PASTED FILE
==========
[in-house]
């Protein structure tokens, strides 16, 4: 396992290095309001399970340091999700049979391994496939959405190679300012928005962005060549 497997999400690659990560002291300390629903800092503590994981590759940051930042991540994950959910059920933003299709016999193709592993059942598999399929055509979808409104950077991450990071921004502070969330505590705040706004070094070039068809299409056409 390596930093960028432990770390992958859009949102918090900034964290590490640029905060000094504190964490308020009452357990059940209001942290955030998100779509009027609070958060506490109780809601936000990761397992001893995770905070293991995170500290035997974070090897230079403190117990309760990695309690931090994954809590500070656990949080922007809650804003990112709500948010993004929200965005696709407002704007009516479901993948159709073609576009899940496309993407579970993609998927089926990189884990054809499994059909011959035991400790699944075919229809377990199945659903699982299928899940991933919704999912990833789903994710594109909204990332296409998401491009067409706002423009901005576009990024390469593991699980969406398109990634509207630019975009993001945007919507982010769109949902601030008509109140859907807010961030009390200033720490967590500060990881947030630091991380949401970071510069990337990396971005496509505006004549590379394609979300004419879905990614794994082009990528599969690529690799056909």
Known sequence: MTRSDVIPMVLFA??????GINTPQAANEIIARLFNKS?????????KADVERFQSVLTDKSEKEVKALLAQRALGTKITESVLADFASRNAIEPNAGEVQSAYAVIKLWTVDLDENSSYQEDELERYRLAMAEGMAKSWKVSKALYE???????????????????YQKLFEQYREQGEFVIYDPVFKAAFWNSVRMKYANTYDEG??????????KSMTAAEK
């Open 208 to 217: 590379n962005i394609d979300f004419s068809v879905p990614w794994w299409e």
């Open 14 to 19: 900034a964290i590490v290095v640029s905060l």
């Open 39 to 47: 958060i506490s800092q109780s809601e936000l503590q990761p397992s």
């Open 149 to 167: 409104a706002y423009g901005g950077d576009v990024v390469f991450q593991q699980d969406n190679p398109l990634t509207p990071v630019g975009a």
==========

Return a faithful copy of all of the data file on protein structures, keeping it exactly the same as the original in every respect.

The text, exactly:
[in-house]
């Protein structure tokens, strides 16, 4: 396992290095309001399970340091999700049979391994496939959405190679300012928005962005060549 497997999400690659990560002291300390629903800092503590994981590759940051930042991540994950959910059920933003299709016999193709592993059942598999399929055509979808409104950077991450990071921004502070969330505590705040706004070094070039068809299409056409 390596930093960028432990770390992958859009949102918090900034964290590490640029905060000094504190964490308020009452357990059940209001942290955030998100779509009027609070958060506490109780809601936000990761397992001893995770905070293991995170500290035997974070090897230079403190117990309760990695309690931090994954809590500070656990949080922007809650804003990112709500948010993004929200965005696709407002704007009516479901993948159709073609576009899940496309993407579970993609998927089926990189884990054809499994059909011959035991400790699944075919229809377990199945659903699982299928899940991933919704999912990833789903994710594109909204990332296409998401491009067409706002423009901005576009990024390469593991699980969406398109990634509207630019975009993001945007919507982010769109949902601030008509109140859907807010961030009390200033720490967590500060990881947030630091991380949401970071510069990337990396971005496509505006004549590379394609979300004419879905990614794994082009990528599969690529690799056909």
Known sequence: MTRSDVIPMVLFA??????GINTPQAANEIIARLFNKS?????????KADVERFQSVLTDKSEKEVKALLAQRALGTKITESVLADFASRNAIEPNAGEVQSAYAVIKLWTVDLDENSSYQEDELERYRLAMAEGMAKSWKVSKALYE???????????????????YQKLFEQYREQGEFVIYDPVFKAAFWNSVRMKYANTYDEG??????????KSMTAAEK
């Open 208 to 217: 590379n962005i394609d979300f004419s068809v879905p990614w794994w299409e």
């Open 14 to 19: 900034a964290i590490v290095v640029s905060l």
């Open 39 to 47: 958060i506490s800092q109780s809601e936000l503590q990761p397992s």
């Open 149 to 167: 409104a706002y423009g901005g950077d576009v990024v390469f991450q593991q699980d969406n190679p398109l990634t509207p990071v630019g975009a």